I loved Simplicity 2724 as soon as it came out, and the cute versions that have been made since then (such as Story of E and Danville Girl). Meanwhile, back when I received the amazing Carol Collection I fell in love with these two fabrics together. I'm not really sure why they were so adamant in being used together; while the blouse fabric is the same color family as the skirt obviously they are many shades apart. But I really wanted them together in some sort of shirtdress arrangement. When I thought of cutting the ruffles out of the striped fabric on the bias, I had to use this pattern.
The first thing, of course, was to alter for a small bust. I narrowed the bust dart, but decided to leave the lower pleat alone. It is not very wide and seemed suited to my bust size. After sewing up the dress, I had to shorten the bust dart by about an inch and a half, as it was overshooting my bust. I don't do many horizontal bust darts (or many bust darts period!) so I don't know if that should be part of my standard SBA or is a quirk of this particular pattern.
Now it was on to construction. The instructions for the ruffles are needlessly complicated, though they will spare you a visible line of stitching (I think). You are supposed to first press in your fold lines. Then sew one gathering stitch through both the ruffle and the turned under allowance, and one gather stitch just through the ruffle. You're the supposed to sew the single layered gathering long edge of the ruffle down right sides together, then turn it right side up and topstitch the other long edge (as far as I can tell). With a lot of gathering plus a bias cut ruffle this was just not going to work for me. I just ran the rows of gathering stitches through both thicknesses on both long edges of the ruffle and topstitched both sides in place. I don't feel like I lost anything by having two rows of stitching, though I it does change the look a bit from the way it was drafted (which Story of E and Danville Girl faithfully followed).
When I read through the directions a while back, I was very confused. I had in my head that this was a shirtdress, and it was having you do all this finishing at the neckline and I was wondering how in the world you were going to put in the button loops after you'd already applied the facing.
When I sat down to actually make the dress, I realized that it wasn't designed as a shirtdress, it only has the look of it. The bodice center front is sewn to the neckline, and the facing is short and goes only to the center front seam line. I had my heart set on this being a shirtdress, so I lengthened the facing to extend all the way to the bottom of the blouse portion and sewed button loops to the right side and sandwiched them between the facing and the fashion fabric.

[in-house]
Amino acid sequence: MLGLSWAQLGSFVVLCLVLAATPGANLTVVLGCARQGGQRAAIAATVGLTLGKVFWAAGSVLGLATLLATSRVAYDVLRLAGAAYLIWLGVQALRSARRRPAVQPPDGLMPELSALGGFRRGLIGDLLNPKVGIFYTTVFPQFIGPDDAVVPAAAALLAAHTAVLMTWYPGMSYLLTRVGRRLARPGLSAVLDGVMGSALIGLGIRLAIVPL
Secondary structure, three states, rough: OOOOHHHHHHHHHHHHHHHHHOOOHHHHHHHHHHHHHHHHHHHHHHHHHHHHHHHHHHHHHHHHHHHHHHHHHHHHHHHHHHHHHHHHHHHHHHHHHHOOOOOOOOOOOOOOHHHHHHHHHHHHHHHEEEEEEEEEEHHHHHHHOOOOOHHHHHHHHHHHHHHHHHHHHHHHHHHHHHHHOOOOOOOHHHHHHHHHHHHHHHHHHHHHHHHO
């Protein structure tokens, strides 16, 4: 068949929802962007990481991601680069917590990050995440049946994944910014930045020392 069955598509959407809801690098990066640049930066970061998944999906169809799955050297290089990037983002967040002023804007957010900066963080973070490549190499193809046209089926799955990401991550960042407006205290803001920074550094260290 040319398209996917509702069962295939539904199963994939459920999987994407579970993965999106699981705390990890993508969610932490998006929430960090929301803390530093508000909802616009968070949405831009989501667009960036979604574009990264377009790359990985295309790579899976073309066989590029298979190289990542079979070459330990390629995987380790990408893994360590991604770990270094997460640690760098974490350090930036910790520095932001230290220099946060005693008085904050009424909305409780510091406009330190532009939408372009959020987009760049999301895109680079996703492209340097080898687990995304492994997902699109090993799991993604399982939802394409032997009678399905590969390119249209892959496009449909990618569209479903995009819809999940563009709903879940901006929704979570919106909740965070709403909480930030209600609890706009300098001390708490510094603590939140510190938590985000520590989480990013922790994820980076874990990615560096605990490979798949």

After I completed the dress I saw that I needed an underlap as my skin was showing between the buttons. Very tacky! So I just cut a rectangle of fabric, sewed the top edges, turned, and serged the long edge. LOVE my serger for this. If I didn't have it, I would have to have turned in that long edge, which would have created bulk. However, serging raw edges is a very RTW technique so it doesn't look homemade (I think) this way. I topstiched it in place by sewing over the inner row of stitching on the ruffle, so there is no visible stitching line. Had I thought about it before applying the ruffle, I could have hidden the stitching line underneath.
I intended to make this sleevless, but when I was getting close to finishing I thought sleeves would make it a little more professional for the office. Although the pattern offers several options for sleeves, they were not enough for me! I have been curious recently about what kind of sleeve a half-ellipse would make. Using an Ikea sheet as muslin, I cut out the shape on the fold (so it's actually a full ellipse, with the fold serving as the sleeve hem). I pinned it in place and found it cute, but trying it on I saw that even a sleeve like this benefits from more fullness in front and less in back. If you click on the photo to enlarge, you see that while the muslin is symmetrical, the actual sleeve is narrower at the back and fuller at the front.
When I installed the final sleeve, it was sticking straight out a little too much for my taste, so I folded out and sewed down some inverted pleats to tame the futuristic look. I finished the armhole edges by running bias tape all the way around the armscye.
Making this pattern, I realized that the Big 4 armscye does not fit me at all. The past several projects I've made it is just SO TIGHT and I have to lower by about half and inch and scoop out from the front and back. What I need to do is start narrowing the shoulders (which I think would be the same thing as scooping out from the front and back) and lowering the armscye as a matter of course. Cidell keeps getting on my case to make a sloper, and after this I definitely see the value in having a reliable armscye that I can slap on top of any project and trace out.
This was the most time consuming of my Four Projects in Four Days. I wasn't sure I was going to make it and I probably sewed a little later than I should have (I have instituted a strict "pencils down" rule at midnight), but I got it done and was ready to do the next project the next day!
I am really loving the result. It's cute, but because it has traditional blouse shaping at the top is completely appropriate for the office. I feel like it's a less formal, more everyday wearable version of the BWOF 11-2007-106 shirtdress, which I wear for meetings with opposing counsel and visiting dignitaries.